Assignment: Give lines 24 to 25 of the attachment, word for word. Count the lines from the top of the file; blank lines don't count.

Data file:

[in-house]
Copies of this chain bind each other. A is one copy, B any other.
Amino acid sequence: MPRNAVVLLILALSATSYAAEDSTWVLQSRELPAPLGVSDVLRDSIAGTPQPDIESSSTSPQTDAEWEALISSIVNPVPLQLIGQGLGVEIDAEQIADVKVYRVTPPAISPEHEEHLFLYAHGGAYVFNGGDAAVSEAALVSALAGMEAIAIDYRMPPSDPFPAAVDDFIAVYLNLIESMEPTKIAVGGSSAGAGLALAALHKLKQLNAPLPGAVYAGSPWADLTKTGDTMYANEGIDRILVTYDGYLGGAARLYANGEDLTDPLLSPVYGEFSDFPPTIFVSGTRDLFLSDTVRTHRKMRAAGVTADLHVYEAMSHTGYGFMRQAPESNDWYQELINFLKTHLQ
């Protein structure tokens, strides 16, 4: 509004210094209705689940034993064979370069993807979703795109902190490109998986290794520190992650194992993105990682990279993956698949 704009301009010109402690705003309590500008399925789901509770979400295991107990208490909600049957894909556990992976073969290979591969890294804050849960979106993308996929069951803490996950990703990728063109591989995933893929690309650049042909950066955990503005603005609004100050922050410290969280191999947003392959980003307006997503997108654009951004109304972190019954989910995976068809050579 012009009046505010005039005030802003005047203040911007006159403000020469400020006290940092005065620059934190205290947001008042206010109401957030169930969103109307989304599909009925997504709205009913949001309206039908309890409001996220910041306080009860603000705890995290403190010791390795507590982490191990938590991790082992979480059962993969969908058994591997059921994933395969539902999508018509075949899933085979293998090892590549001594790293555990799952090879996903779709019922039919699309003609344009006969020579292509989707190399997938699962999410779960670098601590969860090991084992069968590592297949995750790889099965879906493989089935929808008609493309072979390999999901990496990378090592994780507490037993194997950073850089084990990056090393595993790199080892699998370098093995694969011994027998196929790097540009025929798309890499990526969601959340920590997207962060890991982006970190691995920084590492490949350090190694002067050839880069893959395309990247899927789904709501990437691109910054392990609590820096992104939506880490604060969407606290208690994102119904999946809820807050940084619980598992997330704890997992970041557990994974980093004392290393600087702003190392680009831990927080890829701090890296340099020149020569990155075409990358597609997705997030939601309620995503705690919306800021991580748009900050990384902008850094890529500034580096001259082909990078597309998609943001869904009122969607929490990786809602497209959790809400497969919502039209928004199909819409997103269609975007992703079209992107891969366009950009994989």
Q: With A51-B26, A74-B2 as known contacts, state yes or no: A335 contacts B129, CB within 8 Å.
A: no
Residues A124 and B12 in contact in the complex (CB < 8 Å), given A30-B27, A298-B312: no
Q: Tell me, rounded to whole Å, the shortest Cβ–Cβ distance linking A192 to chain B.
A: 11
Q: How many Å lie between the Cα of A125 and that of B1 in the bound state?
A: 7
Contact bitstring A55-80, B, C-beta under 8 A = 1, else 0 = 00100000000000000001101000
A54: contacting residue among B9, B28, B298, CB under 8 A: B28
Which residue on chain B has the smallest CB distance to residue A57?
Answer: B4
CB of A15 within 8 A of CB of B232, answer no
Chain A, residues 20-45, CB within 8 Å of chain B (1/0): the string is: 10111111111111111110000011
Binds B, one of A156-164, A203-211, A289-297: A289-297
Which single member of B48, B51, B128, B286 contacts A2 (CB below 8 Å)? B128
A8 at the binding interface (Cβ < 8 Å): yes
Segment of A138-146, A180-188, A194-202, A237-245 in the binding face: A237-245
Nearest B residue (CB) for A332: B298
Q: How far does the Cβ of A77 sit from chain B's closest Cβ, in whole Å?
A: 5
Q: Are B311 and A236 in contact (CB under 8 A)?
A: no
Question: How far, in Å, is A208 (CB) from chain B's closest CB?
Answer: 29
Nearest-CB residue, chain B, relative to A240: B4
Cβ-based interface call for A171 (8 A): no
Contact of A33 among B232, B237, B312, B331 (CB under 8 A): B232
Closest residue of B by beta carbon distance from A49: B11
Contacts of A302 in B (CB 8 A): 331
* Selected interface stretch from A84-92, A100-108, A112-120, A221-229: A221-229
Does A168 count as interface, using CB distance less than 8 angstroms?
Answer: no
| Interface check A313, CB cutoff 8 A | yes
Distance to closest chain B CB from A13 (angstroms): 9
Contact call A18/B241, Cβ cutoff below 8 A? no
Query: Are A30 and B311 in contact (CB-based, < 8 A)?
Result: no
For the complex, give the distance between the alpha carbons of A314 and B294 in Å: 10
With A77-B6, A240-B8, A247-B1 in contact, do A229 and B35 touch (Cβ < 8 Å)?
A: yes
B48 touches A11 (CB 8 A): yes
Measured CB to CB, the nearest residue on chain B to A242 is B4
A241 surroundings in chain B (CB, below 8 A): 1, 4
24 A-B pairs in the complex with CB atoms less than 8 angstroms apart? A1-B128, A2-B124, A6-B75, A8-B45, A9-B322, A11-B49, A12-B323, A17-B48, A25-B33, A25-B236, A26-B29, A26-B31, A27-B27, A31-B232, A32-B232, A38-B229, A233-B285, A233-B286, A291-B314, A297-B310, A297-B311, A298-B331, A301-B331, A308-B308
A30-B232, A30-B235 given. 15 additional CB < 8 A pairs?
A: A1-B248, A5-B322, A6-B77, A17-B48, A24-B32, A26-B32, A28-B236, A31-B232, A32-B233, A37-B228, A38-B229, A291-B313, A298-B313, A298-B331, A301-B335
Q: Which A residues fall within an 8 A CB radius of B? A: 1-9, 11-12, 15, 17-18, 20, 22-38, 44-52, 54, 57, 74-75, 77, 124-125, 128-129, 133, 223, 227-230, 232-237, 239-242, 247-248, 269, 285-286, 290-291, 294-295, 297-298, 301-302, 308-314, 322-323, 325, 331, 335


A: 5
Q: Are B311 and A236 in contact (CB under 8 A)?